3. Be sincere: When you punch yourself in the gut, you have to do it like you mean it, without any protective padding. If it leaves you a little sore, you know you’ve done it right. Like the way Tina Fey remembers her skinny past in Bossypants: “Sometimes I had to sleep with a pillow between my legs because my bony knees clanking together kept me awake.”

While this embroidering of flaws restores balance in our otherwise colour-corrected reality, you don’t want to be too good at it. Enthusiastic nods every time you point out a weakness aren’t always fun, and bringing an overlooked oddity to attention might ensure you never hear the end of your weirdly misshapen pinkie toe.

When used wisely and sparingly, self-deprecation can be a strangely comforting companion — keeping your life laughable, your worries insignificant and your priorities orderly (the money from my nose job piggy bank has funded wonderful travels). Phyllis Dean, one of the first to introduce self-deprecation to stand-up comedy, said, “To refer to oneself in a negative way is always a good way to say hello to an audience.” But for now, we can only hope that Lena Dunham doesn’t overdo it and make it uncool. 

Photograph: Marcelo Krasilcic

My nose cannot be called petite. It is pear-shaped, takes up a good amount of face, and can do a mean ear-to-ear stretch. But if you live outside of Rwanda, to find it a thing of beauty is somewhat of an acquired taste. All this I did not know till a post-puberty visit to my grandparents’ home, where I was greeted with an enthusiastic “Ah, the family nose is here.” The only way of dealing with the misfortune I found, was to pay it no attention and bring it to no one’s attention. Breathe lightly, sneeze sparingly and lay low during those “Should I get my nose pierced?” discussions, which, sadly, were fast gaining popularity. Until, one day, I heard a fat classmate make a fat joke. About himself.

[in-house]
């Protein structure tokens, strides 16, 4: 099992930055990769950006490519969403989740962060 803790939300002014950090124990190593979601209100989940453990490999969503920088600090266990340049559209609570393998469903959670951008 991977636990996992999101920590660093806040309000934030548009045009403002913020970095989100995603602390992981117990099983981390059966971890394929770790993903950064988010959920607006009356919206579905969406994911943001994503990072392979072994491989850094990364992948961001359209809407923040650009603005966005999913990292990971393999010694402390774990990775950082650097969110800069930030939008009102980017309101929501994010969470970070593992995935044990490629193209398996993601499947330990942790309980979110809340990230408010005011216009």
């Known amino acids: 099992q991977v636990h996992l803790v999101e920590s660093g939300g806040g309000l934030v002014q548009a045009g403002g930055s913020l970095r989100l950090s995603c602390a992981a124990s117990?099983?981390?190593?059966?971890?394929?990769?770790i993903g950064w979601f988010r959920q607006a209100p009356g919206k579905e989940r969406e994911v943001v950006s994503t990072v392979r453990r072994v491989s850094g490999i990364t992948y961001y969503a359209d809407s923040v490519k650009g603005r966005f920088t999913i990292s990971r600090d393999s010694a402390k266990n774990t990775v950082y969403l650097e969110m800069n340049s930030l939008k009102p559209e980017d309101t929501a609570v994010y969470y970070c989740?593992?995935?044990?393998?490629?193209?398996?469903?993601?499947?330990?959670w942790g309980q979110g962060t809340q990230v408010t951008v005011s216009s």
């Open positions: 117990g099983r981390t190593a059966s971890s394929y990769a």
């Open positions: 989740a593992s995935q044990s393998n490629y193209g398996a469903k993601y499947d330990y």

It wasn’t very clever, something about him being pregnant with twins, but hilarious for a time when Cyrus Broacha brought us cutting-edge comedy. Everyone roared with laughter (tubby, the loudest), and suddenly, his button-popping circumference didn’t seem as pitiable as two seconds ago, and my dearest form of amusement — watching someone trip and fall disgracefully — was no longer a guilty pleasure. Over the years, I found others ribbing on their large bottoms, meagre bosoms, wobbly thighs, giant buckteeth, even crumbling marriages —  and with my typically risible circumstances, I was always free to join in, and unlike Russell Peters, never repeat material.

But self-deprecation is not just a safety blanket for those being pooped on by the gods —  it is an LBD you can wear to almost any occasion, depending on how you accessorise: creative self-bashing, with some punches thrown at your family, can win you an Emmy (Louie) or puncture deadly zingers (Kendall Jenner preserves crowdsourced hatred in her Burn Book).